At these receptions, every American or Czechoslovak guest eventually made it to the drawing room, where the ambassador’s Oscar statuette sat on a bookshelf. I often sat and watched as one person after another grabbed the Oscar, felt its heft and held it high, sometimes giving a very short acceptance speech. And the ambassador would often take a photo next to the new Oscar “winner.” This was the type of cultural diplomacy that money can’t buy.
Guests sometimes wanted to linger, but the ambassador usually made it clear when the party was over. She would stand in the foyer, kick off her sky-high heels, light up a cigarette and open up the garden door to let in her dog, a boxer named Gorby, named after Soviet leader, Mikhail Gorbachev. Gorby’s latent herding instinct kicked in and moved guests slowly toward the exit.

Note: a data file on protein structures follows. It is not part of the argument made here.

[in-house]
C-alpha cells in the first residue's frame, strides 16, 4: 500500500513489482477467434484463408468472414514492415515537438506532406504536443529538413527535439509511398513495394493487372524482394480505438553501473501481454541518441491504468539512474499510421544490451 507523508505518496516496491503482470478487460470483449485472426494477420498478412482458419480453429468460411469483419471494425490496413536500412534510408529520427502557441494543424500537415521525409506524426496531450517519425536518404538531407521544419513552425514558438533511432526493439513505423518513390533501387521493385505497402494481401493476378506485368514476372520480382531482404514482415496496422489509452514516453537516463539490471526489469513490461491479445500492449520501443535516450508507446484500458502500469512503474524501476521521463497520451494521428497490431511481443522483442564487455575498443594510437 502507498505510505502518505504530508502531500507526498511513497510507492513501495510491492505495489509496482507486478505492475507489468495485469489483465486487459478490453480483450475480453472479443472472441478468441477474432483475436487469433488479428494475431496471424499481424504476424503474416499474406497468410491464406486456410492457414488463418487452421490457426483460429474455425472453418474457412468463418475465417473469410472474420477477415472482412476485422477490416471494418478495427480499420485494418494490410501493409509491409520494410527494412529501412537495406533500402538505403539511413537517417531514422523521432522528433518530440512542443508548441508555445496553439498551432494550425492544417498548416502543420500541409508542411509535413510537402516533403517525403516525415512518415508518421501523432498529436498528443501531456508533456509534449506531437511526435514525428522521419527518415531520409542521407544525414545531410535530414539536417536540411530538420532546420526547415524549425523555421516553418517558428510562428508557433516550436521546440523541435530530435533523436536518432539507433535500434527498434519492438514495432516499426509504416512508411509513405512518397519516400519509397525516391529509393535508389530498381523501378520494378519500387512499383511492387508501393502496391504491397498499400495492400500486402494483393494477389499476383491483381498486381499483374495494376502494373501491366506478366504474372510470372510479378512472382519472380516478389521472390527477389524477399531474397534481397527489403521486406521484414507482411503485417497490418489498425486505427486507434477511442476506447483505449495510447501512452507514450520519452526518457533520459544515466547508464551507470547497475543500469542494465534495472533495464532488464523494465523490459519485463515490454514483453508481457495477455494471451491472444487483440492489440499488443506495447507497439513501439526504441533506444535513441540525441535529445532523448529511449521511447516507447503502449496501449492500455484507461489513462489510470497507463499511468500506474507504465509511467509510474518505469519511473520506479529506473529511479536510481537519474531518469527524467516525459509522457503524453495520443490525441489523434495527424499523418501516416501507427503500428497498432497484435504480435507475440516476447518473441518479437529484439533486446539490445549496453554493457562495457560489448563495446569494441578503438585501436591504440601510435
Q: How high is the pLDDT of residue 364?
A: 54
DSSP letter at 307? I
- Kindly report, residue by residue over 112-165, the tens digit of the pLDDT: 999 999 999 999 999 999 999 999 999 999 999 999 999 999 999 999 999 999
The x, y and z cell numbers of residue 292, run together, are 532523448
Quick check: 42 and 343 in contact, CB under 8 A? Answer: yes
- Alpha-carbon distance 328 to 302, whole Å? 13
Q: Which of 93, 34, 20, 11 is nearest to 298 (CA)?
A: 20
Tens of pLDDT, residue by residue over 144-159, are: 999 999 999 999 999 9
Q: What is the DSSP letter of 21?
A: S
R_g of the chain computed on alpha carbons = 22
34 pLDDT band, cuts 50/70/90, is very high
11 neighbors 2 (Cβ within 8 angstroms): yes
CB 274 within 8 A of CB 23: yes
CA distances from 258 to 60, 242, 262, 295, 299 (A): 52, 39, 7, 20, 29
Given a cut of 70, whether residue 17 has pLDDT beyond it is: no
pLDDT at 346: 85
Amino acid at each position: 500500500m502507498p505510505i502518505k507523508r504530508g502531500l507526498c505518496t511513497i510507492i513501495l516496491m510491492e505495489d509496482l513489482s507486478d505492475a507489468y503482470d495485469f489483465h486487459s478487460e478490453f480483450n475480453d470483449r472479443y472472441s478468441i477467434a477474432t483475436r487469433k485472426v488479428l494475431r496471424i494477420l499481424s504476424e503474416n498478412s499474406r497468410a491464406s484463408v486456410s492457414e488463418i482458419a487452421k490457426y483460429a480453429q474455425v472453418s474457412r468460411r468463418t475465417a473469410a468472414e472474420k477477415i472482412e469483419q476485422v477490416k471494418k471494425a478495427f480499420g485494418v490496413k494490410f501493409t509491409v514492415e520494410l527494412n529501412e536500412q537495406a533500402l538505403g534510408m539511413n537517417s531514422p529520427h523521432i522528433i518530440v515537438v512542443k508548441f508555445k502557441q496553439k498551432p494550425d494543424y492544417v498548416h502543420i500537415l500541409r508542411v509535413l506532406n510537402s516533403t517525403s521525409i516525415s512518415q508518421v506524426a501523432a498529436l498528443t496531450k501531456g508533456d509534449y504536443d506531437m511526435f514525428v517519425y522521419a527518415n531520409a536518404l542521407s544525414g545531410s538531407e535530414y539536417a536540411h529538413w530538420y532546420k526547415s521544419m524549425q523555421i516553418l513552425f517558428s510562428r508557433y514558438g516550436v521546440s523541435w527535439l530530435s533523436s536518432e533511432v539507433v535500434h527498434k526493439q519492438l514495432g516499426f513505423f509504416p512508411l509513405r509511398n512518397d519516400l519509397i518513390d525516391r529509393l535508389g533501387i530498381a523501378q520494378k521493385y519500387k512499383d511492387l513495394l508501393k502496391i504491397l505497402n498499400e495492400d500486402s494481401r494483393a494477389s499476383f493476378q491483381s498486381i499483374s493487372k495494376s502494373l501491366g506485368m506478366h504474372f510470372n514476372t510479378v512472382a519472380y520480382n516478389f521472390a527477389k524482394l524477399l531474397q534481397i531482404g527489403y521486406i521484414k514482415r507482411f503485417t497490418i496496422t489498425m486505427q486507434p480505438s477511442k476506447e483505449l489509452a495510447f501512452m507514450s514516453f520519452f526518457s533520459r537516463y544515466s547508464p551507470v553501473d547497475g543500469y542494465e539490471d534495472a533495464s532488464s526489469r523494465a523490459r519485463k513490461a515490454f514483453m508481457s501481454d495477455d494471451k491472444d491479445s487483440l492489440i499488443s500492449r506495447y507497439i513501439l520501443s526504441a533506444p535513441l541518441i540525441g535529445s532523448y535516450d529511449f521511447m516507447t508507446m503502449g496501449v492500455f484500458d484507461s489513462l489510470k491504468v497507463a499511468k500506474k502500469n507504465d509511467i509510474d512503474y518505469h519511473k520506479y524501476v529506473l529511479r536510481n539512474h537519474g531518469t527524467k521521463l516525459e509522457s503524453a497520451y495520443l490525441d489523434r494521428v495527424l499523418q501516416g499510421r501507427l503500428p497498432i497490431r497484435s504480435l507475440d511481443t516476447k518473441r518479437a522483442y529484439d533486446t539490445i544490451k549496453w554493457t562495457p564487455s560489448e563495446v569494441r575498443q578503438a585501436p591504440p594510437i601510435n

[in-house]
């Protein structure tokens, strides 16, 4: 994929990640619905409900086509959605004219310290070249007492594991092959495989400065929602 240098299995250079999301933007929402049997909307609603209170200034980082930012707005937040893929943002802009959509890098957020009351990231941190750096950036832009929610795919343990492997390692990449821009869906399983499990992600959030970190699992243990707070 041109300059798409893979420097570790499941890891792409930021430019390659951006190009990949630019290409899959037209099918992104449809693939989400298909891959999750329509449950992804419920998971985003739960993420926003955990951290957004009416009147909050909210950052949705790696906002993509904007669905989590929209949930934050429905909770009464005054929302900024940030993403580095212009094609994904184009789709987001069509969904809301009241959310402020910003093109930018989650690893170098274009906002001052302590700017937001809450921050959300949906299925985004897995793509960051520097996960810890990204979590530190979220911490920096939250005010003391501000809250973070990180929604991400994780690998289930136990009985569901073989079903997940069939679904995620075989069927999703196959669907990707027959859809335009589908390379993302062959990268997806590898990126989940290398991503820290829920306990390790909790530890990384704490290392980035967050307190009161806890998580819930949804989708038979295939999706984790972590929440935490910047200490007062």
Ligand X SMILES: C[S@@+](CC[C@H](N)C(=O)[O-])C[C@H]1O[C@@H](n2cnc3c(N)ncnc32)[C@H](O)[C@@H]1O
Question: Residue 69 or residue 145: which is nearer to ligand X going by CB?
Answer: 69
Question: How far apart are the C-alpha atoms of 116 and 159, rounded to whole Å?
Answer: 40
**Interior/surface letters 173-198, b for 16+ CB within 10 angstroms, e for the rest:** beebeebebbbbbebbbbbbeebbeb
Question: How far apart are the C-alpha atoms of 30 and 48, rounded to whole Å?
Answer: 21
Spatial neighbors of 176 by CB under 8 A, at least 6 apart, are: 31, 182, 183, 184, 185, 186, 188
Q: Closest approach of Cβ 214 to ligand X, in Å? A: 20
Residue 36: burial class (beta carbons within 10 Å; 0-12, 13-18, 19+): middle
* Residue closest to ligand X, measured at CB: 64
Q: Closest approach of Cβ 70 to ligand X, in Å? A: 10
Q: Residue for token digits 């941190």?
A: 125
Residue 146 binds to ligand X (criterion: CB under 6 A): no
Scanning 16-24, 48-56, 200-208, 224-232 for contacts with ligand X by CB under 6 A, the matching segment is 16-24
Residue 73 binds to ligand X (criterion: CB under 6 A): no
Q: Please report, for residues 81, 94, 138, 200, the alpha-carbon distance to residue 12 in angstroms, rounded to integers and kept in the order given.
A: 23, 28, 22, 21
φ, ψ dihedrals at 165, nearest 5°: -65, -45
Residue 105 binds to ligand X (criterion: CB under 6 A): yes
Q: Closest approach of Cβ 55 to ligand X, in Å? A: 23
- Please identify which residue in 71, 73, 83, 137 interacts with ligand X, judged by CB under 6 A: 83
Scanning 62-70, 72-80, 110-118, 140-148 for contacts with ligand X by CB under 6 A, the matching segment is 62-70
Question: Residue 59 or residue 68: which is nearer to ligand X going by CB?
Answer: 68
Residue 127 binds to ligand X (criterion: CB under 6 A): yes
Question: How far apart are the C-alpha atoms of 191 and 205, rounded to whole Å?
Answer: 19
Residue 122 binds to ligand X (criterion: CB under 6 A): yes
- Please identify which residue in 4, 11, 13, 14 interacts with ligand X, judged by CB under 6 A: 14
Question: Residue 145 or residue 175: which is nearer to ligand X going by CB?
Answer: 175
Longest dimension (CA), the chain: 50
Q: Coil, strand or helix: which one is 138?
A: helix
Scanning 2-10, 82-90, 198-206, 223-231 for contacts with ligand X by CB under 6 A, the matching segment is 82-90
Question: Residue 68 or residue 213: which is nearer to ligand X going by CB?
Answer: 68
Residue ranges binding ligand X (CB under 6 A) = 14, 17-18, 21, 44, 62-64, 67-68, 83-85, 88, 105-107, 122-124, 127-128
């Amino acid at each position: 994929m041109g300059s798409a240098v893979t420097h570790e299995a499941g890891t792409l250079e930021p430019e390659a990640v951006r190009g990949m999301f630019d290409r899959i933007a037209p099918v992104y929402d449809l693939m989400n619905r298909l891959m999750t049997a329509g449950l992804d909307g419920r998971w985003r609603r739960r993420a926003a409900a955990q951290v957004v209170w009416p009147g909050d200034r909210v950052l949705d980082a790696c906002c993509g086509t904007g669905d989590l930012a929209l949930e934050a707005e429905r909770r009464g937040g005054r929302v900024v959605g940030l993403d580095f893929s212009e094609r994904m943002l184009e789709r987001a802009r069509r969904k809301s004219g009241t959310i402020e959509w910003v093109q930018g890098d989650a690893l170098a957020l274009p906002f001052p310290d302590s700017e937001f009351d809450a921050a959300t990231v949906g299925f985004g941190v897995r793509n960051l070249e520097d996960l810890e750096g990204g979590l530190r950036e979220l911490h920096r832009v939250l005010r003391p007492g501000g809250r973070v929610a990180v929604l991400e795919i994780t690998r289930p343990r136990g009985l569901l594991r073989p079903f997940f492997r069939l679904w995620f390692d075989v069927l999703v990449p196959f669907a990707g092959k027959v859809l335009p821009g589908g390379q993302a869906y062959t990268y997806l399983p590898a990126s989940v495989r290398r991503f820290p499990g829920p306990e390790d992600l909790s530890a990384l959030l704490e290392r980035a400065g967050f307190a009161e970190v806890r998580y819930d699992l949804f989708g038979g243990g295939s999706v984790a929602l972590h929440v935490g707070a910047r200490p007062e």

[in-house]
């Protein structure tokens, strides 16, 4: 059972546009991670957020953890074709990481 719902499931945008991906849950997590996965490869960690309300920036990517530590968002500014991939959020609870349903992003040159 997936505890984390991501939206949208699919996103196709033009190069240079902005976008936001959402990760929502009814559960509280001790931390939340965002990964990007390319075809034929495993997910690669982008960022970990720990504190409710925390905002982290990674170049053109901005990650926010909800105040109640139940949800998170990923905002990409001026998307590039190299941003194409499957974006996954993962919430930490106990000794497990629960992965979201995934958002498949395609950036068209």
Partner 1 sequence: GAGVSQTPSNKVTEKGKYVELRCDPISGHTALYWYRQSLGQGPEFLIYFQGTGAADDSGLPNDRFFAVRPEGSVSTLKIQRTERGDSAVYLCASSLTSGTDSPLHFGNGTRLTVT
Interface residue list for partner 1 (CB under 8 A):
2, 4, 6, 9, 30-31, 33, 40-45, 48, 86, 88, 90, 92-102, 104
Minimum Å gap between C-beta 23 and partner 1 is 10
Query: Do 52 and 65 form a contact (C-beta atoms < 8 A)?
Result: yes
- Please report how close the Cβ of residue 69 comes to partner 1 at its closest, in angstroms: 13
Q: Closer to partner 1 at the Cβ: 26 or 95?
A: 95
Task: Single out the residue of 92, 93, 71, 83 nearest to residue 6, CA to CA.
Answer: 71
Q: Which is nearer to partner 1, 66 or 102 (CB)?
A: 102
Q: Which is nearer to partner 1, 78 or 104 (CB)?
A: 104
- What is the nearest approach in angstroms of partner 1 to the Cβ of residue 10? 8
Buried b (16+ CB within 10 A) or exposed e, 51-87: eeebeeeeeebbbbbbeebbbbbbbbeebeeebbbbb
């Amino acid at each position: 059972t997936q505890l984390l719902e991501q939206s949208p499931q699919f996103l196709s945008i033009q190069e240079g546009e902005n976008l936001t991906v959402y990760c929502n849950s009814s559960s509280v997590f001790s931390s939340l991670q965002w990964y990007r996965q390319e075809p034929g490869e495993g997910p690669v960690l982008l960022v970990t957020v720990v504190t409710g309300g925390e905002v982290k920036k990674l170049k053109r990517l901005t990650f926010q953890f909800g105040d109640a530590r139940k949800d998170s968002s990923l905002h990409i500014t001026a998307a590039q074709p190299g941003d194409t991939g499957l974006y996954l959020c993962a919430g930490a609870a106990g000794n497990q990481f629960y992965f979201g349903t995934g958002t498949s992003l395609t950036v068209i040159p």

Now that she has headed off-stage, it’s time to raise a glass of grenadine and 7-Up and bid a fan’s fond farewell.
Markos Kounalakis is a research fellow at Central European University. He is currently a visiting fellow at the Hoover Institution. Readers may send him email at email@example.com. He wrote this for The Sacramento Bee.